You can enter the percent-increase into our free online calculator to see what you receive after the pay raise. That’s an additional $1,500 per month. However, at another potential job, they offered you a $20,000 per month salary with fewer hours, which is more appealing. So, you’ll be making more while working less.
How Does An Employer Determine A Pay Rise?
Understanding how a pay raise works can be quite tricky at first. For an employer, a raise is an increased amount of compensation that an employee earns. A raise may be provided for numerous reasons or under entirely different circumstances as it’s very situational. However, generally, this is quite a positive gesture as increased earnings can help you improve your overall spending power and take-home salary, and by giving you a raise – your employer is trying to show that they value your efforts.
Performance Appraisal: Whether it’s a performance appraisal or salary adjustment meeting, your employer will be monitoring your overall performance in the company based on a wealth of various criteria. However, the type of scoring system they use can be entirely subjective and manager-dependant. Many individual businesses try to balance personal opinions through item-based performance, where the employee completes several set-in-stone groups of tasks within the organization.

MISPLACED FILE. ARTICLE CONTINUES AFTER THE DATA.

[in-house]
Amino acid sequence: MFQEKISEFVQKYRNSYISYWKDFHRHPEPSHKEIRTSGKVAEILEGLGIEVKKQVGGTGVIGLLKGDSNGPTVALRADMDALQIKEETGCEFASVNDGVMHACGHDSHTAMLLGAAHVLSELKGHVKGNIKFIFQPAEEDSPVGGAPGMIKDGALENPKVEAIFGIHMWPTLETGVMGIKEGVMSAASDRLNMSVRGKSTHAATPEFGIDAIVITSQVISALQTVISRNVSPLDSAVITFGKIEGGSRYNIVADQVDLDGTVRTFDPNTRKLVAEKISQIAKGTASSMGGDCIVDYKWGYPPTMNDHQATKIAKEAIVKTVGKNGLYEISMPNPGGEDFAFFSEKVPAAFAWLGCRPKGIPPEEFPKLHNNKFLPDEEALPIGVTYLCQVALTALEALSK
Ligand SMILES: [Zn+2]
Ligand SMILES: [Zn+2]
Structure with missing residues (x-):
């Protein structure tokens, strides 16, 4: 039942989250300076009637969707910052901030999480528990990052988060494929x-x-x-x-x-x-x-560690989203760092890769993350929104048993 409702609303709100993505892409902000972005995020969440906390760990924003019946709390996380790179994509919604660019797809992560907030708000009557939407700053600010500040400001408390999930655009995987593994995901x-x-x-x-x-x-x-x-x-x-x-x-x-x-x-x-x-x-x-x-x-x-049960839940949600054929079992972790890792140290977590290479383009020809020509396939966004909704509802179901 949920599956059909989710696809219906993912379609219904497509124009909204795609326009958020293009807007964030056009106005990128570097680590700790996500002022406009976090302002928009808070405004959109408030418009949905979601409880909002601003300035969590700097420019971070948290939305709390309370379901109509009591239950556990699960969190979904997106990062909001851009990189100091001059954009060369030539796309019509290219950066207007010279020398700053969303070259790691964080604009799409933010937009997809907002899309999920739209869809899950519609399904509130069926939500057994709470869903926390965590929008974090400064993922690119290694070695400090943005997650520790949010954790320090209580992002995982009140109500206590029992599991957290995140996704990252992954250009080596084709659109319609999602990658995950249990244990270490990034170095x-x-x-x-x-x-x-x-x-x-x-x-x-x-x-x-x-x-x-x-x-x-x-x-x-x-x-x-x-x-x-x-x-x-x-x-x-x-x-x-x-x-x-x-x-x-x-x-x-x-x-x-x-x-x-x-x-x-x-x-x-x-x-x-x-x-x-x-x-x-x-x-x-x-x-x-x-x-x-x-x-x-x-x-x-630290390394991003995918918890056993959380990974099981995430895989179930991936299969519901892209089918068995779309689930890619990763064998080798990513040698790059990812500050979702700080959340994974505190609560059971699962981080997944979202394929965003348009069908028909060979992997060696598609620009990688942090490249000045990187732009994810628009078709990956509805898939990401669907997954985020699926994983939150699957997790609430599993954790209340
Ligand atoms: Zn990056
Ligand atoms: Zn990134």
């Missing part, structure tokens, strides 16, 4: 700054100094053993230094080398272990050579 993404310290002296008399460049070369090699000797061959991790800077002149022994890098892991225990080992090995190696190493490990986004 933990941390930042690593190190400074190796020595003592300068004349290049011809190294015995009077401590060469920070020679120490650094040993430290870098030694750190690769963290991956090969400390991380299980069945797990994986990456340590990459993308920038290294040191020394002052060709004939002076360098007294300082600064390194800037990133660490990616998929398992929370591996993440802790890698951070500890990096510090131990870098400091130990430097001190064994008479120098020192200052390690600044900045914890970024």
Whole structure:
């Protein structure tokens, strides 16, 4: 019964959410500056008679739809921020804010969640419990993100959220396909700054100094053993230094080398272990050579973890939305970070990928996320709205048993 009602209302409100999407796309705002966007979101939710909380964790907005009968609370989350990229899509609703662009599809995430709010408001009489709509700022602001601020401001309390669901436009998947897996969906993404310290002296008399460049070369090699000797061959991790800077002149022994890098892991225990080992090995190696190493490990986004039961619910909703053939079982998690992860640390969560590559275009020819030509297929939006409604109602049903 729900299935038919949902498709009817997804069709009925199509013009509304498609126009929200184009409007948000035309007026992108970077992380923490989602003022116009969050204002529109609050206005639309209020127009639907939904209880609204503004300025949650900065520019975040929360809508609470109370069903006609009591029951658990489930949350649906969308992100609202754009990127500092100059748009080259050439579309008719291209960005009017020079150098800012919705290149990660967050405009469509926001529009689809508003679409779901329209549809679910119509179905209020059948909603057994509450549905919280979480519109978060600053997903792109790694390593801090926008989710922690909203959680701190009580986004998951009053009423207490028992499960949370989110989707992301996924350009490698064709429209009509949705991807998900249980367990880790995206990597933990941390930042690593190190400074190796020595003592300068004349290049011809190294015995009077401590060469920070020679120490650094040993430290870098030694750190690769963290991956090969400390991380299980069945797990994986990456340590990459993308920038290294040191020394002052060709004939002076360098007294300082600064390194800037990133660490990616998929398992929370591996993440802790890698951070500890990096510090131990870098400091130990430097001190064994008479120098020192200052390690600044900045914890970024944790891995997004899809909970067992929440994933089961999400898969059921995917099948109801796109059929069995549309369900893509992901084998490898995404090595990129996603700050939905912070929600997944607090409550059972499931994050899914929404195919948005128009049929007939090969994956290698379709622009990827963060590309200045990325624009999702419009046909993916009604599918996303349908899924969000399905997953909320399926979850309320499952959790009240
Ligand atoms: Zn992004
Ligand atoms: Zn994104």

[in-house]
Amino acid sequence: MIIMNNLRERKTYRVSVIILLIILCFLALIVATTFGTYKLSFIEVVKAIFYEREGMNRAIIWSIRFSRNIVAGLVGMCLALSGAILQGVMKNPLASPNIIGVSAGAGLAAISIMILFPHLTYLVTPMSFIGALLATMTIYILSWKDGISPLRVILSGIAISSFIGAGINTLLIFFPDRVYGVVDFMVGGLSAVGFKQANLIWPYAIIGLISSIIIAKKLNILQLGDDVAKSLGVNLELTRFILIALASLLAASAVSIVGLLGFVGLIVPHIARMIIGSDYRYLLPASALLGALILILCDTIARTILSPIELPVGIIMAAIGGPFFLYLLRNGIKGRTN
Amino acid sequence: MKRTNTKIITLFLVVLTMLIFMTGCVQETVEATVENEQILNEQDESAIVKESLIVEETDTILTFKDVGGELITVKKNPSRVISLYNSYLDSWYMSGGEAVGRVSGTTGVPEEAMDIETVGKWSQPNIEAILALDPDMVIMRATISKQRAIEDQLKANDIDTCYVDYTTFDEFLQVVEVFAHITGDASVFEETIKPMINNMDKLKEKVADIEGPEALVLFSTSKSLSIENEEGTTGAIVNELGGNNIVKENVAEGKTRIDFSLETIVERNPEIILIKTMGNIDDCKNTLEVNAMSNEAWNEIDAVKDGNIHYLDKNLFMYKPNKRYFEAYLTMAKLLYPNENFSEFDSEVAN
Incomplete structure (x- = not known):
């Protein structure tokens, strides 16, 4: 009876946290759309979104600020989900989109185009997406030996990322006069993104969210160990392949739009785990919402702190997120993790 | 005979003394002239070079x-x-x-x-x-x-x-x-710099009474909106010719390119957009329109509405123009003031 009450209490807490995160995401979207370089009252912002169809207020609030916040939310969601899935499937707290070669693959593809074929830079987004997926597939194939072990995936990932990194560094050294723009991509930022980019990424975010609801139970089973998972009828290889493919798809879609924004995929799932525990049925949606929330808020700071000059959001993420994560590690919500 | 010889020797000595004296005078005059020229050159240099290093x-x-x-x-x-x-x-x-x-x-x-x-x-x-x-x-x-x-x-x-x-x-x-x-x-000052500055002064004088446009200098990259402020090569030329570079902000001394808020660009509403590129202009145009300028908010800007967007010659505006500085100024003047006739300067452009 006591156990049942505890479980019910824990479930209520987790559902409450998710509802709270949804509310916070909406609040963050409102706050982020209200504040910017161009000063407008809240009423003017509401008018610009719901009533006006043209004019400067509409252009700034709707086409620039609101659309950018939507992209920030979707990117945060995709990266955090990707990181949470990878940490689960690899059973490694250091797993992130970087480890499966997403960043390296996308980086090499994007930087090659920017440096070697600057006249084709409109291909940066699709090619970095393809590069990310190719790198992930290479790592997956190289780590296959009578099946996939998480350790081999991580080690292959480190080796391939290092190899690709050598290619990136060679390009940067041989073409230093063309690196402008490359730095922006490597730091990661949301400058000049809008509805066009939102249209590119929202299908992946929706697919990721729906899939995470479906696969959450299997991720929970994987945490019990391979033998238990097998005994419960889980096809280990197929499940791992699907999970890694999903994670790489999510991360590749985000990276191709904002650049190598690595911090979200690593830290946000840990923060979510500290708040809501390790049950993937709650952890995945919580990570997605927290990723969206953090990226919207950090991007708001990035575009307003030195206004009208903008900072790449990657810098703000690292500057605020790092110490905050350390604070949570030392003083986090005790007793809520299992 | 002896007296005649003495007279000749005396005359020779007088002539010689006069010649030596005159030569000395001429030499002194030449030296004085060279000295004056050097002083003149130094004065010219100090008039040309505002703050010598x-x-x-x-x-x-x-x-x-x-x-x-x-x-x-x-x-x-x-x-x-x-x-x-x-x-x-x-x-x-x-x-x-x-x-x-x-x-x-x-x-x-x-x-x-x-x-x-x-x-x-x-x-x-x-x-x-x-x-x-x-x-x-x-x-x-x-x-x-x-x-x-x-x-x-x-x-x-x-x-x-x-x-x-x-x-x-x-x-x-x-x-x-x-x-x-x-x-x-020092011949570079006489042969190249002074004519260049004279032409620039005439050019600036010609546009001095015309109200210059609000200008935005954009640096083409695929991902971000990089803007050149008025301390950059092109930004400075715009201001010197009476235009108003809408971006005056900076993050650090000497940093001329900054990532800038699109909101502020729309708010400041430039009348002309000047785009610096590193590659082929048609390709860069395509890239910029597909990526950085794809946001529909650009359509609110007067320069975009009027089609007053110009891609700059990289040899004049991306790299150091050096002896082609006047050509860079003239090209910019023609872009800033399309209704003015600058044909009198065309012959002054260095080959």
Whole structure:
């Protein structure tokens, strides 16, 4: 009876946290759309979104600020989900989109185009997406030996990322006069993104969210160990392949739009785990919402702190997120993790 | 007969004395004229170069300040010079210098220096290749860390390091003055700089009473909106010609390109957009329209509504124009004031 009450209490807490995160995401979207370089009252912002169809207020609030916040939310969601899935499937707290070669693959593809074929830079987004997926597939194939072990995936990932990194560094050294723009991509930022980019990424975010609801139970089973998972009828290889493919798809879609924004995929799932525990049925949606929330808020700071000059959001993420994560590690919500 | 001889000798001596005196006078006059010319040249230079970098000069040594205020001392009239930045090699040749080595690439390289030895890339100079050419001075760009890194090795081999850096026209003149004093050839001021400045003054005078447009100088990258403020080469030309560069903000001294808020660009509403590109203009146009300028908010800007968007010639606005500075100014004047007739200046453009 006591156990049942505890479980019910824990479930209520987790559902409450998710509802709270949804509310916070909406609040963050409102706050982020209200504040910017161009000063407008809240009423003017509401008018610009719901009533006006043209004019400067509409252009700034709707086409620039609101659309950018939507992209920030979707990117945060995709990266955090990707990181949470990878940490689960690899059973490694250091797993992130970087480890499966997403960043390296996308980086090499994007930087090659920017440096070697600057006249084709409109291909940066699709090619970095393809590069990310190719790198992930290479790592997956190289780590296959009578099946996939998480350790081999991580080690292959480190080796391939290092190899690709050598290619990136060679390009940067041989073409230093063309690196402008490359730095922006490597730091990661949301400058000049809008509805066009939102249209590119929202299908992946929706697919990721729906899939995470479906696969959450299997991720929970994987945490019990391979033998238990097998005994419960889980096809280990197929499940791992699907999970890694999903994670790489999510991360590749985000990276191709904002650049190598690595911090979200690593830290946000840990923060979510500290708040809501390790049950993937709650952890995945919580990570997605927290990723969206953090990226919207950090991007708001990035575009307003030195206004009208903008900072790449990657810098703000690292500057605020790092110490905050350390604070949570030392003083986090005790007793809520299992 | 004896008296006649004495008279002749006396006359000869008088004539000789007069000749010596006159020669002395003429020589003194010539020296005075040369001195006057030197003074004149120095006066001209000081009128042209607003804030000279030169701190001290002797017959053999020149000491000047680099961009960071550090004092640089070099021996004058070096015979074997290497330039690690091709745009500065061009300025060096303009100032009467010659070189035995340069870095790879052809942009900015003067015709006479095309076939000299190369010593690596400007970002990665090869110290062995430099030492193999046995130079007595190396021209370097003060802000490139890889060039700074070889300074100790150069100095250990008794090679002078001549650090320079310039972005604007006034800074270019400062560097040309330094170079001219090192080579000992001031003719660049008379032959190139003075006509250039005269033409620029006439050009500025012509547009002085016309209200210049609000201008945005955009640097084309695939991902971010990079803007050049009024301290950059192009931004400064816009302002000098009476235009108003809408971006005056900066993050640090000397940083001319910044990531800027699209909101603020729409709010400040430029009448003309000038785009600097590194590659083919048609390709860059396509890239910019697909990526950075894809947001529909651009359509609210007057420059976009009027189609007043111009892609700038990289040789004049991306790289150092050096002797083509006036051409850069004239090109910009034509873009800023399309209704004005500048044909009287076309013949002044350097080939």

Usually, performance appraisal happens once or twice a year. It takes place during the start of a new year and is followed by a formal meeting by the mid-point or end of the year. Based on the appraisal, a performance score is defined for each given employee. According to this score, an employee may receive a pay raise, be compensated in some other viable form, or in the event that their score wasn’t good – they may be let go altogether.
Contractual Agreement: A regular pay raise can be determined based on a contractual agreement between the employee and the organization. This sort of arrangement is quite common in union positions, and the pay raise is, in this case, determined by a compensation system. Union workers have the benefits of receiving premiums and overtime wages, among other benefits that non-union workers don’t get.
For example, if your union is negotiating a 2.5% increase in annual salary and you’re taking home $2,500 per month at 30 hours per week, you can expect a $62 raise in your monthly payments (which comes to a total of $2,562).